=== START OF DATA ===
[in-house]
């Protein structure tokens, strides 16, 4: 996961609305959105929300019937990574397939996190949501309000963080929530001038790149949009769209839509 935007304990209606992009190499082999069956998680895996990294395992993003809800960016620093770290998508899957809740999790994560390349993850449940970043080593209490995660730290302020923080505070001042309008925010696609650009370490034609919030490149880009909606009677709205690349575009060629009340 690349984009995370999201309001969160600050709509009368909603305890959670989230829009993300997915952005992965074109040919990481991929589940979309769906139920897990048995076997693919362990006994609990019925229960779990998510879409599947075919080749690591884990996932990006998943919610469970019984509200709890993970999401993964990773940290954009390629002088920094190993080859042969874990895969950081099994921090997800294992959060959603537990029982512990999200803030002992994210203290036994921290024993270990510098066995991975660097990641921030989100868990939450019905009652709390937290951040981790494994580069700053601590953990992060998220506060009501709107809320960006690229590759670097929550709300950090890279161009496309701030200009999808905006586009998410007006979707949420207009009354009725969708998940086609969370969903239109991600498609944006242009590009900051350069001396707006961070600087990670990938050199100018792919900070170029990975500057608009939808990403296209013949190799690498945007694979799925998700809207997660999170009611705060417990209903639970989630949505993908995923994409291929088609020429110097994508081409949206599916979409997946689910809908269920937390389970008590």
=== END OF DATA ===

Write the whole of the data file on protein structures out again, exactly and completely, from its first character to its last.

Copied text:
[in-house]
């Protein structure tokens, strides 16, 4: 996961609305959105929300019937990574397939996190949501309000963080929530001038790149949009769209839509 935007304990209606992009190499082999069956998680895996990294395992993003809800960016620093770290998508899957809740999790994560390349993850449940970043080593209490995660730290302020923080505070001042309008925010696609650009370490034609919030490149880009909606009677709205690349575009060629009340 690349984009995370999201309001969160600050709509009368909603305890959670989230829009993300997915952005992965074109040919990481991929589940979309769906139920897990048995076997693919362990006994609990019925229960779990998510879409599947075919080749690591884990996932990006998943919610469970019984509200709890993970999401993964990773940290954009390629002088920094190993080859042969874990895969950081099994921090997800294992959060959603537990029982512990999200803030002992994210203290036994921290024993270990510098066995991975660097990641921030989100868990939450019905009652709390937290951040981790494994580069700053601590953990992060998220506060009501709107809320960006690229590759670097929550709300950090890279161009496309701030200009999808905006586009998410007006979707949420207009009354009725969708998940086609969370969903239109991600498609944006242009590009900051350069001396707006961070600087990670990938050199100018792919900070170029990975500057608009939808990403296209013949190799690498945007694979799925998700809207997660999170009611705060417990209903639970989630949505993908995923994409291929088609020429110097994508081409949206599916979409997946689910809908269920937390389970008590």